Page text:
When a computer starts up ( obviously by pressing
the power button), the first thing that occurs is it send a signal to
motherboard which in turn starts the power supply. After supplying the correct
amount of power to each device, it send a signal called "Power OK" to BIOS which
resides on motherboard.
Once the BIOS receive the "Power OK" signal, it starts the
booting process by first initializing a process called POST (Power On Self Test). POST first check that every device has right amount of power and then it check whether the memory is not corrupted. Then it initialize each devices and finally it gives control to BIOS for further booting.
Now the final process of booting begins. For this the BIOS first find 512
bytes of image called MBR (Master Boot Record) or Bootsector from the floppy disk or hard disk
which is used for booting. The priority of boot devices is set by the user in
BIOS setting. The normal priority is floppy disk first, then hard disk.
Once BIOS finds the bootsector it loads the image in memory and execute it.
If a valid bootsector is not found, BIOS check for next drive in boot sequence
until it find valid bootsector. If BIOS fails to get valid bootsector, generally
it stops the execution and gives an error message "Disk boot failure".
It is bootsectors responsibility to load the operating system in memory and
Master Boot Record
A device is "bootable" if it carries a boot sector with the byte sequence 0x55, 0xAA in bytes 511 and 512 respectively. When the BIOS finds such a boot sector, it is loaded into memory at a specific location; this is usually 0x0000:0x7c00 (segment 0, address 0x7c00). However, some BIOS' load to 0x7c0:0x0000 (segment 0x07c0, offset 0), which resolves to the same physical address, but can be surprising.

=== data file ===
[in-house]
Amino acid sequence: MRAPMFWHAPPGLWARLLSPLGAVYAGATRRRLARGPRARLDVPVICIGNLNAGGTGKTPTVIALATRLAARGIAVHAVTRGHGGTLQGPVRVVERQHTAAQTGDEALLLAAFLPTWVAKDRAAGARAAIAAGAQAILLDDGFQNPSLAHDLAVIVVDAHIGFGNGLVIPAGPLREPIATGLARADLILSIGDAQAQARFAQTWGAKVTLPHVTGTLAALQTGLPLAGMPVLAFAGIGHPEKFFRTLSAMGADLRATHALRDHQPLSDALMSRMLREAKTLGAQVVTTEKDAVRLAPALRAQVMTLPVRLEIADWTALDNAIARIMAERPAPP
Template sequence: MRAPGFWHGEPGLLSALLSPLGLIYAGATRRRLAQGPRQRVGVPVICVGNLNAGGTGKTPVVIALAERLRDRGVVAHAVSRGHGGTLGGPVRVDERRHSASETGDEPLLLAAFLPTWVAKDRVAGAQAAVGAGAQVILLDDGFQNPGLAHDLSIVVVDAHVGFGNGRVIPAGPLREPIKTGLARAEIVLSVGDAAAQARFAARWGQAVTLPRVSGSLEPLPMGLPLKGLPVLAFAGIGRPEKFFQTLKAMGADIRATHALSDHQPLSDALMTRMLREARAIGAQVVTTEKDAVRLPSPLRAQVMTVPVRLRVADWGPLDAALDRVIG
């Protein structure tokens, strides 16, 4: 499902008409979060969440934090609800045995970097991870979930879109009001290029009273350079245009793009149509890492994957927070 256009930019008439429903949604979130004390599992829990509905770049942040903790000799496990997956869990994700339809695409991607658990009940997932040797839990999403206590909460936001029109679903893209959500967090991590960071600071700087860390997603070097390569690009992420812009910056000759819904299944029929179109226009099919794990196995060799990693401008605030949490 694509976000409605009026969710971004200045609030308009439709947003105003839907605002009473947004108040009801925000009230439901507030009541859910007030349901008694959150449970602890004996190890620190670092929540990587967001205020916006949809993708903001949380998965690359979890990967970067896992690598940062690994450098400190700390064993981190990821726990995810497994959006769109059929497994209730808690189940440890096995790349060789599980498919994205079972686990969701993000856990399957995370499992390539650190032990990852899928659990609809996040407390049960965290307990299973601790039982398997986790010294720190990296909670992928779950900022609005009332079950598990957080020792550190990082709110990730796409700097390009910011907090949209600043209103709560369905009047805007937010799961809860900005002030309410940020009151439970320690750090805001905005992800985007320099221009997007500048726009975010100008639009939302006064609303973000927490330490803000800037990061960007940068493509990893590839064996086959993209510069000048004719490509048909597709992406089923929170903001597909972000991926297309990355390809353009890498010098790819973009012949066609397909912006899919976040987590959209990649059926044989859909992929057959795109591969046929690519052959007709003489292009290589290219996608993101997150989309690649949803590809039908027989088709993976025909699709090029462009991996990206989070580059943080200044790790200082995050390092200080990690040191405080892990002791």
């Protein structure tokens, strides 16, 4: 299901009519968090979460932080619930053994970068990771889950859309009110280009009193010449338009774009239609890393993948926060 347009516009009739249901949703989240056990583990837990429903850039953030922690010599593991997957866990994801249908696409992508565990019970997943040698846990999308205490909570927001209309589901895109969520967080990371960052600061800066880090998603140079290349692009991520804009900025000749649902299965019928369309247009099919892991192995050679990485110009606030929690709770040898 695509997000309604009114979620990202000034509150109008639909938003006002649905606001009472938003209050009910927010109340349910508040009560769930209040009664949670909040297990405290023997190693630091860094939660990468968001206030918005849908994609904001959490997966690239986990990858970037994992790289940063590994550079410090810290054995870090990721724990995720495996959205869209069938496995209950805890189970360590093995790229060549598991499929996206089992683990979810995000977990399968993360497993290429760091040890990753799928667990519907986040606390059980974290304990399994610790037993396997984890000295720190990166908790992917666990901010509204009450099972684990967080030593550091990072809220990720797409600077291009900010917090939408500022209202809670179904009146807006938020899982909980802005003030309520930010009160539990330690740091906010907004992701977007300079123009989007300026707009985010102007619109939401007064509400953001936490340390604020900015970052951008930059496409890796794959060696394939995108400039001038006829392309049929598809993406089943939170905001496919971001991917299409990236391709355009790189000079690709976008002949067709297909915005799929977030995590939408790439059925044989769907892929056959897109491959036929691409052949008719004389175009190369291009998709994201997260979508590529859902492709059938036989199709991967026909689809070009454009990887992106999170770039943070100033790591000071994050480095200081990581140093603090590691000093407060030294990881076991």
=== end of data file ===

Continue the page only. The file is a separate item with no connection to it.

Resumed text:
When the wrong CS:IP pair is assumed, absolute near jumps will not work properly, and any code like mov ax,cs; mov ds,ax will result in unexpected variable locations. A good practice is to enforce CS:IP at the very start of your boot sector.
On a hard drive, the so-called Master Boot Record (MBR) holds executable code at offset 0x0000 - 0x01bd, followed by table entries for the four primary partitions, using sixteen bytes per entry (0x01be - 0x01fd), and the two-byte signature (0x01fe - 0x01ff).
The layout of the table entries is as follows:
|| Size (bytes)
|| Boot Indicator (0x80=bootable, 0x00=not bootable)
|| Starting Head Number
|| Starting Cylinder Number (10 bits) and Sector (6 bits)
|| Descriptor (Type of partition/filesystem)
|| Ending Head Number
|| Ending Cylinder and Sector numbers
|| Starting Sector (relative to begining of disk)
|| Number of Sectors in partition
Now we jump two steps ahead and look at where we want to go: Our kernel image. Your boot record would be easiest if it could just copy the kernel image from disk to memory and jump to some given offset. Unfortunately, unless you take extra precautions, your compiler adds all sort of startup code, relocation tables etc. To get a "flat binary" that can be loaded in this simple copy-and-run way, you have to tell GCC:
gcc -c my_kernel.c
ld my_kernel.o -o kernel.bin --oformat=binary -Ttext=0x100000
-c switch tells GCC to stop right after compilation, i.e. not to link the object file.
--oformat=binary switch tells the linker you want your output file to be a plain binary image (no startup code, no relocations, ...)
-Ttext=0x100000 tells the linker you want your "text" (code segment) address to start at the 1mb memory mark. Since you do not link in any relocation tables, the linker has to resolve all references at link time, and has to know where the executable will be loaded to.
You are of course obliged to load your kernel image to the correct offset, or the references the linker did set up will be invalid.